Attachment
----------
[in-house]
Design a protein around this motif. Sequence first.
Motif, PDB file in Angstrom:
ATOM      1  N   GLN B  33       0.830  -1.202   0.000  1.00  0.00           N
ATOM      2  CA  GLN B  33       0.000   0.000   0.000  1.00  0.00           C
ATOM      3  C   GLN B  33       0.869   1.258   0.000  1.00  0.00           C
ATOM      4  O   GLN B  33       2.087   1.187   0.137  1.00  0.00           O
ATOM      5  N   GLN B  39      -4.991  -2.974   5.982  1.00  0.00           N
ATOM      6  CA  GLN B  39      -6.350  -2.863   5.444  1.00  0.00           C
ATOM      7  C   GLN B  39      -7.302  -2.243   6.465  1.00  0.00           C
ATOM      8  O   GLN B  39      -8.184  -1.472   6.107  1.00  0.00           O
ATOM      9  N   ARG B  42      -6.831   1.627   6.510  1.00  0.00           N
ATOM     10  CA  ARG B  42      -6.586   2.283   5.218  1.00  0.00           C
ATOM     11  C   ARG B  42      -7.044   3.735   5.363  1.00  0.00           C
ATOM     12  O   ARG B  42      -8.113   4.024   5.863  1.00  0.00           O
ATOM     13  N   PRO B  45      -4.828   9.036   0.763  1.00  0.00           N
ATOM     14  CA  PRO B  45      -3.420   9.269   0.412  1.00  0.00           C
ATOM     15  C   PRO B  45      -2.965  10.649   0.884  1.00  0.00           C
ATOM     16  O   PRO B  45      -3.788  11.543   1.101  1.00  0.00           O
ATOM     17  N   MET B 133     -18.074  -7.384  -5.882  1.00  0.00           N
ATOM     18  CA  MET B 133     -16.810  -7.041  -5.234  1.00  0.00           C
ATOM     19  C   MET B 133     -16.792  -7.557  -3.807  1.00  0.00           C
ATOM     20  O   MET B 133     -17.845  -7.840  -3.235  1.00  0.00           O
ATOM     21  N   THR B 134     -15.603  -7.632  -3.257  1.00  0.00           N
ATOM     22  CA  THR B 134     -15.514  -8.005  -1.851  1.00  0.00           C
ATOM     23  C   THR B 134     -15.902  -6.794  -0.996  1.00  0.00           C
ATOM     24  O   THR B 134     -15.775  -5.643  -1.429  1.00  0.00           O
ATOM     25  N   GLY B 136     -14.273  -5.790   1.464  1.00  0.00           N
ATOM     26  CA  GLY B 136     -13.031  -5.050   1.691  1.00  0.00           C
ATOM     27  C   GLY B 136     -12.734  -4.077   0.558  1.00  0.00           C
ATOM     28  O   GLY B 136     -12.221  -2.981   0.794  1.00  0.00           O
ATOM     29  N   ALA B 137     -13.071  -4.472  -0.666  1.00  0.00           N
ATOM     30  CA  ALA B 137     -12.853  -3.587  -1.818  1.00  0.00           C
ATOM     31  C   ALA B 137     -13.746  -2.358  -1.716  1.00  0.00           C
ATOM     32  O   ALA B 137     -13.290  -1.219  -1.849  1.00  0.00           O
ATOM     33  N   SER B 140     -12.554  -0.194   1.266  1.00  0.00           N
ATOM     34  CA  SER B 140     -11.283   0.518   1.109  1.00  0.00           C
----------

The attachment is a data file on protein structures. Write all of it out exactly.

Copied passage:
[in-house]
Design a protein around this motif. Sequence first.
Motif, PDB file in Angstrom:
ATOM      1  N   GLN B  33       0.830  -1.202   0.000  1.00  0.00           N
ATOM      2  CA  GLN B  33       0.000   0.000   0.000  1.00  0.00           C
ATOM      3  C   GLN B  33       0.869   1.258   0.000  1.00  0.00           C
ATOM      4  O   GLN B  33       2.087   1.187   0.137  1.00  0.00           O
ATOM      5  N   GLN B  39      -4.991  -2.974   5.982  1.00  0.00           N
ATOM      6  CA  GLN B  39      -6.350  -2.863   5.444  1.00  0.00           C
ATOM      7  C   GLN B  39      -7.302  -2.243   6.465  1.00  0.00           C
ATOM      8  O   GLN B  39      -8.184  -1.472   6.107  1.00  0.00           O
ATOM      9  N   ARG B  42      -6.831   1.627   6.510  1.00  0.00           N
ATOM     10  CA  ARG B  42      -6.586   2.283   5.218  1.00  0.00           C
ATOM     11  C   ARG B  42      -7.044   3.735   5.363  1.00  0.00           C
ATOM     12  O   ARG B  42      -8.113   4.024   5.863  1.00  0.00           O
ATOM     13  N   PRO B  45      -4.828   9.036   0.763  1.00  0.00           N
ATOM     14  CA  PRO B  45      -3.420   9.269   0.412  1.00  0.00           C
ATOM     15  C   PRO B  45      -2.965  10.649   0.884  1.00  0.00           C
ATOM     16  O   PRO B  45      -3.788  11.543   1.101  1.00  0.00           O
ATOM     17  N   MET B 133     -18.074  -7.384  -5.882  1.00  0.00           N
ATOM     18  CA  MET B 133     -16.810  -7.041  -5.234  1.00  0.00           C
ATOM     19  C   MET B 133     -16.792  -7.557  -3.807  1.00  0.00           C
ATOM     20  O   MET B 133     -17.845  -7.840  -3.235  1.00  0.00           O
ATOM     21  N   THR B 134     -15.603  -7.632  -3.257  1.00  0.00           N
ATOM     22  CA  THR B 134     -15.514  -8.005  -1.851  1.00  0.00           C
ATOM     23  C   THR B 134     -15.902  -6.794  -0.996  1.00  0.00           C
ATOM     24  O   THR B 134     -15.775  -5.643  -1.429  1.00  0.00           O
ATOM     25  N   GLY B 136     -14.273  -5.790   1.464  1.00  0.00           N
ATOM     26  CA  GLY B 136     -13.031  -5.050   1.691  1.00  0.00           C
ATOM     27  C   GLY B 136     -12.734  -4.077   0.558  1.00  0.00           C
ATOM     28  O   GLY B 136     -12.221  -2.981   0.794  1.00  0.00           O
ATOM     29  N   ALA B 137     -13.071  -4.472  -0.666  1.00  0.00           N
ATOM     30  CA  ALA B 137     -12.853  -3.587  -1.818  1.00  0.00           C
ATOM     31  C   ALA B 137     -13.746  -2.358  -1.716  1.00  0.00           C
ATOM     32  O   ALA B 137     -13.290  -1.219  -1.849  1.00  0.00           O
ATOM     33  N   SER B 140     -12.554  -0.194   1.266  1.00  0.00           N
ATOM     34  CA  SER B 140     -11.283   0.518   1.109  1.00  0.00           C